In the name of the one, holy and living God:
who was, and is, and is to come. Amen.
“After the sabbath,
as the first day of the week was dawning,
Mary Magdalene and the other Mary went to see the tomb.”
Friday had been horrific.
Jesus had talked about his impending death, but it just wasn’t real…
not until his arrest.
What a travesty –
a mockery –
Sure, Jesus got angry every now and then
but for good reason.
Most of the time he was gentle.
There was a power…
a strong, inviting yet gentle power that came from within him.
Why did he need to be derided
and beaten until his flesh was raw
and hung on a cross in such a shameful way?
Jesus was a man of love and grace and forgiveness…
and now, he was dead.
Today a large stone and guards stood between the world and his body,
but the Marys came nevertheless, just to be close to Jesus again,
seeking some solace, some understanding of the last days’ events.
It had only been two days,
but they had already begun to experience that hole inside…
When they heard a noise, they glanced up, hoping to see Jesus coming around the corner,
but it wasn’t…it was just a stray dog or a neighbor coming to check on them.
So, this morning, after a fitful night’s sleep,
they came to the tomb hoping to find some solace.
When they arrived, the earth shook,
and an angel of the Lord appeared, all dazzling white.
And that angel, with no effort at all, rolled back that stone,
and the guards were petrified with fear…and rightly so!
This first day of the week, filled with death,
was about to be accompanied by Life!
“Do not be afraid,” the angel said.
“You are looking for Jesus who was crucified.
He is not here; for he has been raised, as he said.”
Come and see.
Come and see.
Could it be?!
Jesus had told them all that he was going to die and that he would rise again.
He had died…
They had witnessed that horror.
So, had he really risen from the dead, too?!
After gazing into the tomb and seeing that Jesus’ body was gone, the two Marys left the tomb quickly.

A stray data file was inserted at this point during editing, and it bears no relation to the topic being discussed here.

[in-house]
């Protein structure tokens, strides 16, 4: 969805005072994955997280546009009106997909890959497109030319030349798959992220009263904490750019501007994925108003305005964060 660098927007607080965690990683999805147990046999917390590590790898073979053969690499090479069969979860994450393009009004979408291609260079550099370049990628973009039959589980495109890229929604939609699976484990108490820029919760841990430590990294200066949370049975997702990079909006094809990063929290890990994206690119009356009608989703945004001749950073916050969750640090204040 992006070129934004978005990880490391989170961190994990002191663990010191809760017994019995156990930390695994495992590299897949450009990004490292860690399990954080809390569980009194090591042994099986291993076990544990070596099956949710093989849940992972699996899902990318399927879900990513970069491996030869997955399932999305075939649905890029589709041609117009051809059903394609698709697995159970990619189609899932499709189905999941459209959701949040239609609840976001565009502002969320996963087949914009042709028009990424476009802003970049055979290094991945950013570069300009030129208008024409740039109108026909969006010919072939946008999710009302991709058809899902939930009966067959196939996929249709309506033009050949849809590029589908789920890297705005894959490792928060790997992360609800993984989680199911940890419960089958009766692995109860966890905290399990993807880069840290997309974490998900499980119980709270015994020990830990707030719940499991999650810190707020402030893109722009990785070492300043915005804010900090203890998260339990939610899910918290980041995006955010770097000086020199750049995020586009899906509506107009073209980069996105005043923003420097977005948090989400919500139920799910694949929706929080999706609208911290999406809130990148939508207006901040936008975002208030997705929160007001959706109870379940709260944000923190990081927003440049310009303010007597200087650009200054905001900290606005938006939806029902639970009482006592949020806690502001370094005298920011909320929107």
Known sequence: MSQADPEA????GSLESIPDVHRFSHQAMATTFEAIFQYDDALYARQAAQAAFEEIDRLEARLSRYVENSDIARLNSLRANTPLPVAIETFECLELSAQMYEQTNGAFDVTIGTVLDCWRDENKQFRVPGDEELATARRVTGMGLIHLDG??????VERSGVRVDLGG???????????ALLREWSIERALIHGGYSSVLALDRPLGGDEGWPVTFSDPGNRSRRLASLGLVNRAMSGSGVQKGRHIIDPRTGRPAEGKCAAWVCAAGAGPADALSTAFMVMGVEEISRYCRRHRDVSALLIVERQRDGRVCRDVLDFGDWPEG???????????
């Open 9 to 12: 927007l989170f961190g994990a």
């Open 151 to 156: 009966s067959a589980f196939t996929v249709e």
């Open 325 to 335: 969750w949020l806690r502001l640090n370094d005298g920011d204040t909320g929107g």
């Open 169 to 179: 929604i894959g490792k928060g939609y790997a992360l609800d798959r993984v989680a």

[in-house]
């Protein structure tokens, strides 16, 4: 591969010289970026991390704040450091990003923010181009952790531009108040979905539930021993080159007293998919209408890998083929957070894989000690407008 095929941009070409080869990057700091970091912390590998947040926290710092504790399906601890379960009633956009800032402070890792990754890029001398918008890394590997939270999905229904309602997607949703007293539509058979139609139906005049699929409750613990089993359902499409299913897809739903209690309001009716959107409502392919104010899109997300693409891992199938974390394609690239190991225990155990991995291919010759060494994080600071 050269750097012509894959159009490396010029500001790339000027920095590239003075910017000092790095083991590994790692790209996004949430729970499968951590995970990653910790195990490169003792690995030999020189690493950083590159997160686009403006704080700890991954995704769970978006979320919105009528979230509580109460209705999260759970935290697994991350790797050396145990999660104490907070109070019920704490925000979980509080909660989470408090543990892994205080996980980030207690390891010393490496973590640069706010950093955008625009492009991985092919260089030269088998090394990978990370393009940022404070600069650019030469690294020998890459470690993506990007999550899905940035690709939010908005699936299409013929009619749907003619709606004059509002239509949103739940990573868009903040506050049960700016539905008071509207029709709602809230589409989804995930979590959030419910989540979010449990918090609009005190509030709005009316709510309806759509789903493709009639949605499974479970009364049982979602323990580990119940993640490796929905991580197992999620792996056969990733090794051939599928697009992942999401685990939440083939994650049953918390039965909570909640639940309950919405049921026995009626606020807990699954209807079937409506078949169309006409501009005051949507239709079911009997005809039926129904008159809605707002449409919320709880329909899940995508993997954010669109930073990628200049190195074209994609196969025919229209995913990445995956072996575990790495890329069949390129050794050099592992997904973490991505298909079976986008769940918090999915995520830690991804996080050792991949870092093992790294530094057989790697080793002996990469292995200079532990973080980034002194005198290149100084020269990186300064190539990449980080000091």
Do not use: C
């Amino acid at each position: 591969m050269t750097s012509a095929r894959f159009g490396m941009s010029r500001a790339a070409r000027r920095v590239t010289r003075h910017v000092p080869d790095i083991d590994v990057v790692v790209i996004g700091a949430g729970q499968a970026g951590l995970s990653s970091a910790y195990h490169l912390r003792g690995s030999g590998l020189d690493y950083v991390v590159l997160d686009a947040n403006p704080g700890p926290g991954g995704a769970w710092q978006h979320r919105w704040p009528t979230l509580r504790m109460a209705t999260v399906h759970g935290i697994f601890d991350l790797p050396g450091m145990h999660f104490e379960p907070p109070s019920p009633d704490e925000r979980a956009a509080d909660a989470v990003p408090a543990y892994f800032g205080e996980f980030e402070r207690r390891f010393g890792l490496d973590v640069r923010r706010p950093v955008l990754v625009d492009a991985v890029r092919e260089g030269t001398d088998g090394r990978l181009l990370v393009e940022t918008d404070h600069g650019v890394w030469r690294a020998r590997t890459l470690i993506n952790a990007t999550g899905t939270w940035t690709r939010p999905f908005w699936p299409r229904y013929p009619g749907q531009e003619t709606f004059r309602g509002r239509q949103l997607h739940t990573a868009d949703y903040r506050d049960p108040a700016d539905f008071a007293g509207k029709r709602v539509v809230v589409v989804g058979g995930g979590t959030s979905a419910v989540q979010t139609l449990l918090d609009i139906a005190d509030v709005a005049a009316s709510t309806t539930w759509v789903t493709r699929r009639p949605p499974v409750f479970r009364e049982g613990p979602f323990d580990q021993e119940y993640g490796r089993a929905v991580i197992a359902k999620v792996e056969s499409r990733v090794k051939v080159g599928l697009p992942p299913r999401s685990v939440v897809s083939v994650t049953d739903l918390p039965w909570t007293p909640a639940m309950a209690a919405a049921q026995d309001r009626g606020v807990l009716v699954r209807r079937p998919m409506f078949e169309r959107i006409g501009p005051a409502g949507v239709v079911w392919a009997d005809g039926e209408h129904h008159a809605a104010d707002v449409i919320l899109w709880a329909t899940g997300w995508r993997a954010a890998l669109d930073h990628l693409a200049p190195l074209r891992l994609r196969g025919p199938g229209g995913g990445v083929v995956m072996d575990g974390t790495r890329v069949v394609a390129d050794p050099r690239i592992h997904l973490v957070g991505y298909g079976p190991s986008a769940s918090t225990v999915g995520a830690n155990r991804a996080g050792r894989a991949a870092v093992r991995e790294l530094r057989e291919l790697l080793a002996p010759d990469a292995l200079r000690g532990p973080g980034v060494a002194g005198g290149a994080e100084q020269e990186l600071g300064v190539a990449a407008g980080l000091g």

They were filled “with fear and great joy.”
Their deep, deep sorrow had suddenly been lightened by a glimmer of hope,
but despite the angel’s words, fear lingered.
As they were running to tell the other disciples what they had seen and heard,
Jesus himself appeared to them.
Suddenly filled with new life, they took hold of his feet and worshiped him.
And then for the second time that morning, the two Marys heard the words:
“Do not be afraid.”
Do not be afraid.
I imagine they feared for their own lives!
If Jesus had been killed, they could be as well…
they better watch what they said and did.
What a week it had been for Jesus’ disciples.
What a week it has been for us.
Last Sunday we received news that Egyptian Coptic Christians were killed during Palm Sunday services…
War continues to rage in Syria… and Afghanistan…
Some of us have received news of challenging health issues or the death of a family member.
Life and death.
Fear and joy.
Our lives are intermingled with both, sometimes in the same day, or even, as for the two Marys….just moments apart.
Today, after a long week, we celebrate the resurrection of Jesus.
Let us remember that the resurrection is not about human actions or possibilities but wholly about God’s capacity and determination to draw us closer….
God acts at that boundary of life that we call death and does something altogether new! (Cameron Murchison in Feasting on the Word, Yr A, Vol 2, p. 348)
Within these words: “He is not here” lies deep hope for the world,
deep hope for us…even in the midst of deep sorrow.
Do not be afraid.
God has overcome death,
and God sustains us in this life.
In the words of Ernest Hemingway: “Life breaks everyone.”
– as life broke for the disciples on that Good Friday so long ago.
Those words, “Do not be afraid,” do not mean that nothing will go wrong…it often does. Nor does it mean that everything will turn out for the best…frequently it doesn’t.
Those words, “Do not be afraid,” are the words of assurance that in the valleys of our lives God is with us. Nothing we can encounter is stronger than God’s love.
These words are words that engender courage…
words that help us to act even in the face of fear
or deep, deep sorrow.
In the words of David Lose:
“You see, in the resurrection we have God’s promise that life is stronger than death, that love is greater than hate, that mercy overcomes judgment, and that all the sufferings and difficulties of this life are transient — real and palpable and sometimes painful, for sure, but they do not have the last word and do not represent the final reality.
Fear and joy,
despair and hope,
doubt and faith,
these are the two sides of our lives in this world.
But in the end we have heard the resurrection promise that joy, hope, and faith will ultimately prevail.” David Lose (https://www.workingpreacher.org/craft.aspx?post=3174)
Christ’s resurrection signals above and beyond all else that our God is a God of new life and never-ending possibility.
“The good news of Christ’s resurrection does not take away our fear — though sometimes we wish desperately that it would — but it does offer us courage and hope by anchoring us in the sure promise that God will have the last word, and that that word is one of light and life and grace and mercy and love and peace. (David Lose, ibid.)
And for this we say:
Alleluia! Alleluia! Christ is risen.
Christ is risen indeed. Alleluia! Alleluia!